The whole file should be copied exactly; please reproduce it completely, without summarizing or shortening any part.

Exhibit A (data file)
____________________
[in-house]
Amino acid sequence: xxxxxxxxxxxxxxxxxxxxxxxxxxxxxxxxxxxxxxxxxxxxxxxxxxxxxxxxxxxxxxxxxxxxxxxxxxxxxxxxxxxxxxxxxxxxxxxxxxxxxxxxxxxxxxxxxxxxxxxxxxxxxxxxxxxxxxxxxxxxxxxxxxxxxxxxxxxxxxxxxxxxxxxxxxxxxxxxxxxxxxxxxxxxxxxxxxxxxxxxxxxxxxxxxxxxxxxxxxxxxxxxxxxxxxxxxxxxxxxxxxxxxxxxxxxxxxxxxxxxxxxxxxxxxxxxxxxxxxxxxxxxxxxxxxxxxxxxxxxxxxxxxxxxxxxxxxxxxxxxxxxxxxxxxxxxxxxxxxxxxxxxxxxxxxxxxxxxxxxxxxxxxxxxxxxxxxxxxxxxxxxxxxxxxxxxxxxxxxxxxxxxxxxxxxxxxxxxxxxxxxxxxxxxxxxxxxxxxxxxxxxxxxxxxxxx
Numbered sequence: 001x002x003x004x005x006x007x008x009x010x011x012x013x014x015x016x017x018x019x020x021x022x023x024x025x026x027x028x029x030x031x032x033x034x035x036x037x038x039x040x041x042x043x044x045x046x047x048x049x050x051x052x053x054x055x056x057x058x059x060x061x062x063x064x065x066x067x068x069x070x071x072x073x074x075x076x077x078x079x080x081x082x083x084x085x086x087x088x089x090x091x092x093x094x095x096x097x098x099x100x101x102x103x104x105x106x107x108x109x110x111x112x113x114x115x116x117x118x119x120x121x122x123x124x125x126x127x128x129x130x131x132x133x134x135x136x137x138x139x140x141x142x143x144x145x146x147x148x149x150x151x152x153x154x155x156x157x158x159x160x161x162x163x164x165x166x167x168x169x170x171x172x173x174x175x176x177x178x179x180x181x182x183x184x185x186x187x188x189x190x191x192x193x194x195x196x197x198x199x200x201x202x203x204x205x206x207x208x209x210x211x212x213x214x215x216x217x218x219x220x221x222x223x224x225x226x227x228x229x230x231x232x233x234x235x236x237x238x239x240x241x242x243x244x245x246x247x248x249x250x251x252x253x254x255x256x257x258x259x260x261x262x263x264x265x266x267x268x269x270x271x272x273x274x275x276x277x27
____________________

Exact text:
[in-house]
Amino acid sequence: xxxxxxxxxxxxxxxxxxxxxxxxxxxxxxxxxxxxxxxxxxxxxxxxxxxxxxxxxxxxxxxxxxxxxxxxxxxxxxxxxxxxxxxxxxxxxxxxxxxxxxxxxxxxxxxxxxxxxxxxxxxxxxxxxxxxxxxxxxxxxxxxxxxxxxxxxxxxxxxxxxxxxxxxxxxxxxxxxxxxxxxxxxxxxxxxxxxxxxxxxxxxxxxxxxxxxxxxxxxxxxxxxxxxxxxxxxxxxxxxxxxxxxxxxxxxxxxxxxxxxxxxxxxxxxxxxxxxxxxxxxxxxxxxxxxxxxxxxxxxxxxxxxxxxxxxxxxxxxxxxxxxxxxxxxxxxxxxxxxxxxxxxxxxxxxxxxxxxxxxxxxxxxxxxxxxxxxxxxxxxxxxxxxxxxxxxxxxxxxxxxxxxxxxxxxxxxxxxxxxxxxxxxxxxxxxxxxxxxxxxxxxxxxxxxxx
Numbered sequence: 001x002x003x004x005x006x007x008x009x010x011x012x013x014x015x016x017x018x019x020x021x022x023x024x025x026x027x028x029x030x031x032x033x034x035x036x037x038x039x040x041x042x043x044x045x046x047x048x049x050x051x052x053x054x055x056x057x058x059x060x061x062x063x064x065x066x067x068x069x070x071x072x073x074x075x076x077x078x079x080x081x082x083x084x085x086x087x088x089x090x091x092x093x094x095x096x097x098x099x100x101x102x103x104x105x106x107x108x109x110x111x112x113x114x115x116x117x118x119x120x121x122x123x124x125x126x127x128x129x130x131x132x133x134x135x136x137x138x139x140x141x142x143x144x145x146x147x148x149x150x151x152x153x154x155x156x157x158x159x160x161x162x163x164x165x166x167x168x169x170x171x172x173x174x175x176x177x178x179x180x181x182x183x184x185x186x187x188x189x190x191x192x193x194x195x196x197x198x199x200x201x202x203x204x205x206x207x208x209x210x211x212x213x214x215x216x217x218x219x220x221x222x223x224x225x226x227x228x229x230x231x232x233x234x235x236x237x238x239x240x241x242x243x244x245x246x247x248x249x250x251x252x253x254x255x256x257x258x259x260x261x262x263x264x265x266x267x268x269x270x271x272x273x274x275x276x277x27